JPA implementation with Spring Boot and Spring JPA DATA with Hibernate

This page has been fully written by
Rubie de Oliveira (Epita, AppingX-2020)
Romain Sauvaire (Epita, AppingX-2020)
and validated by Thomas Broussard


What’s an ORM ?

An ORM (Object/Relational Mapping) is a technique that allows you to query and manipulate data from any database using an object-oriented language.
It greatest feature is that it allows you to handle your database objects as if it was simple local objects. You don’t need to write complex SQL queries anymore!

Object-Relational Impedance Mismatch

Unfortunately, sometimes, it can happen that there is a mismatch between your relational object (in the database) and your object model (written in your favorite language).

It can happens for multiple reasons :



JPA stands for : "Java Persistence API".
JPA is considered to be the standard industry approach for object to relational mapping (ORM).
JPA is, just as J2E, just a specification. It’s just a set of interfaces which requires an implementation.

Persistence ?

For an object to be persistent, it has to lives on after the application is shut down.
In other words, it means the object has to be save in a database.

Spring Data JPA

To illustrate the power of an ORM, we will use Spring implementation of JPA : Spring Data JPA

Tools used

First of all, here’s a list of all the tools we will use in this tutorial :


We will first create a new maven project with Spring Data JPA and Spring boot.
To do it, we will use Spring Initializr here. (which is embedded in Intellij IDEA Ultimate Edition)


Once our project is set up, we’re going to create our first entity.
To do so, we’re going to create a new package first, named entities, then a new Java class named Moto.
Then, have a look at this class :

There is a lot of thing going on there! Let’s have a look at them one by one:

The other object’s properties (brand, model, ...) are not annotated because we want them to be mapped to columns that share the same name.
We can also see that :


Next thing we need is a repository. We can see it as the Java representation of the database table, with all its data in it!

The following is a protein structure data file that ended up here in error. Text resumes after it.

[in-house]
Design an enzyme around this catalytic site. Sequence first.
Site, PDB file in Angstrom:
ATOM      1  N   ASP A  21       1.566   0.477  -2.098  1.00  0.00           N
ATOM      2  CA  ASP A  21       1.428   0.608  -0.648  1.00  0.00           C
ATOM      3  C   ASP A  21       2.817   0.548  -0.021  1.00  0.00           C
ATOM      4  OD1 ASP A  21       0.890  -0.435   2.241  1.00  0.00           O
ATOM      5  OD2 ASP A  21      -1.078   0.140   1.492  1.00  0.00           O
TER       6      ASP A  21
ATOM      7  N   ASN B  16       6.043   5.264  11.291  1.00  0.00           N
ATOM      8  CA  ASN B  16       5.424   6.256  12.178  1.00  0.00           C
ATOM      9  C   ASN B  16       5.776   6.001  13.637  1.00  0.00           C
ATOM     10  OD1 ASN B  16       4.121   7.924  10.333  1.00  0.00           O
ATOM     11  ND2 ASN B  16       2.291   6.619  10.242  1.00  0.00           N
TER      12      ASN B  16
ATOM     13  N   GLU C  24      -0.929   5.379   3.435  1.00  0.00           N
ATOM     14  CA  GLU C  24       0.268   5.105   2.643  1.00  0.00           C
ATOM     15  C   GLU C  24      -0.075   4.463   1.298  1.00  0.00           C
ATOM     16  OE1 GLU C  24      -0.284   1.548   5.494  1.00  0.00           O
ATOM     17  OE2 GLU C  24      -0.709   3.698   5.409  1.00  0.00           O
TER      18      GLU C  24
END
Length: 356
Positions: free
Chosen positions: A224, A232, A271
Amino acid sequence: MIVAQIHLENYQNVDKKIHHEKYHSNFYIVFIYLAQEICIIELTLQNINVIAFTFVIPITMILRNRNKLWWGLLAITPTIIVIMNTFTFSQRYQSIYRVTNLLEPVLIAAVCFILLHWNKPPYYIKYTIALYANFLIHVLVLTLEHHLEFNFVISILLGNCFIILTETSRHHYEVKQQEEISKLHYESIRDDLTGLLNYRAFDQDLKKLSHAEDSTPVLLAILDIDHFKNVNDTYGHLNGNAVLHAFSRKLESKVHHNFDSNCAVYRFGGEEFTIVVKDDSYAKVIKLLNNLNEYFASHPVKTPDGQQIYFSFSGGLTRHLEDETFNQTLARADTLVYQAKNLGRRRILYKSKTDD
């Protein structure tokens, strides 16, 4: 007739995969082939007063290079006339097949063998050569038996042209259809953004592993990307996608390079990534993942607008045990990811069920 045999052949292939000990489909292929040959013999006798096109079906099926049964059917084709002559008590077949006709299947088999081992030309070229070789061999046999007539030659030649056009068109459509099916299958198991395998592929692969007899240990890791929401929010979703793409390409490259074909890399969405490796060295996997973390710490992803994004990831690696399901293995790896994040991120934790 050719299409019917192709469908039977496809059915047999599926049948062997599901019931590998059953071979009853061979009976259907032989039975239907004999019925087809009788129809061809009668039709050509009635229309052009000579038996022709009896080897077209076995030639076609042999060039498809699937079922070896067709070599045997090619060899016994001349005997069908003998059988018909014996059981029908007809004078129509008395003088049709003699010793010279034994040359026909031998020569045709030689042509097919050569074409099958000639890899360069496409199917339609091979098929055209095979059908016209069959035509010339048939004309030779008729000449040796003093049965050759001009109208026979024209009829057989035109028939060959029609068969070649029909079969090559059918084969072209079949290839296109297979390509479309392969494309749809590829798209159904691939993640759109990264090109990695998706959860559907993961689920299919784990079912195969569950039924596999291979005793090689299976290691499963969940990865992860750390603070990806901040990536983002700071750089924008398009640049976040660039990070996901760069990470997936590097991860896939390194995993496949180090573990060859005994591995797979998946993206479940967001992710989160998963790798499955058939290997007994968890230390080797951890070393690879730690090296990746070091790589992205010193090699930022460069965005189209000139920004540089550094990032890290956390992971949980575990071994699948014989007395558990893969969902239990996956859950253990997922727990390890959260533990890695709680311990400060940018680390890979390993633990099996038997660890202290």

We will use this repository to insert, update and remove from the database table.
Let’s take a look at the interface, it’s pretty simple :

First of all, well, it’s an interface! Indeed, we don’t need to create a class here. Thus, this interface needs to extends CrudRepository<T, ID>. In our case, our T is the Moto class, and its ID is simply a Long.
Next, we can see the annotation "@Repository" which tells Spring that this is our repository we will use for the Moto class. Finally, we can see 2 methods signatures. We don’t have to implements them, Spring Data JPA will understand easily what we want to do here.
But we have to give it a hint :


If you take a look at your source root directory, you should see a file named ''. It contains the main() method to launch your spring application.
We need to modify this class :

A lot of things are going on here! Let’s explain them:

Using MotoRepository

Now that everything is set up, we can finally use our newly created repository!
Well, you must’ve guessed, we will code inside the run() function in our JpaTutorialApplication class.
First of all, we want to add some motorcycles to this repository. To do so, we will use the following code :

Then, we want to get all Yamaha motorcycles :

Let’s check the logger :

Everything is fine, we manage to print our motorcycles!

Persistence ?

What about persistence here ?
If I launch my Spring application, the repository gets 2 new motorcycles, but nothing is persistent here, it gets deleted everytime the Spring application is shut down.
Right, we need to connect our application to a database then ! Let’s use a simple MySQL database for this matter.
We won’t go in details about how to set up MySQL here.

From now on, every screenshot of the database will be taken from DataGrip

Once everything is set up, simply create a new database called 'jpatutorial'. If everything went well, you should have something like that :

Then, we have to tell our Spring application where this database is. To do so, we must edit the file 'src/resources/' :

spring.jpa.hibernate.ddl-auto : multiple possibilities here :

Now, launch your Spring application and let your code add new motorcycles to the repository.
When the application shuts down, look at your database :

2 new tables have been created :

Let’s take a look inside this moto table :

And here we have the data we added in our code. That’s it, we got our data persistence!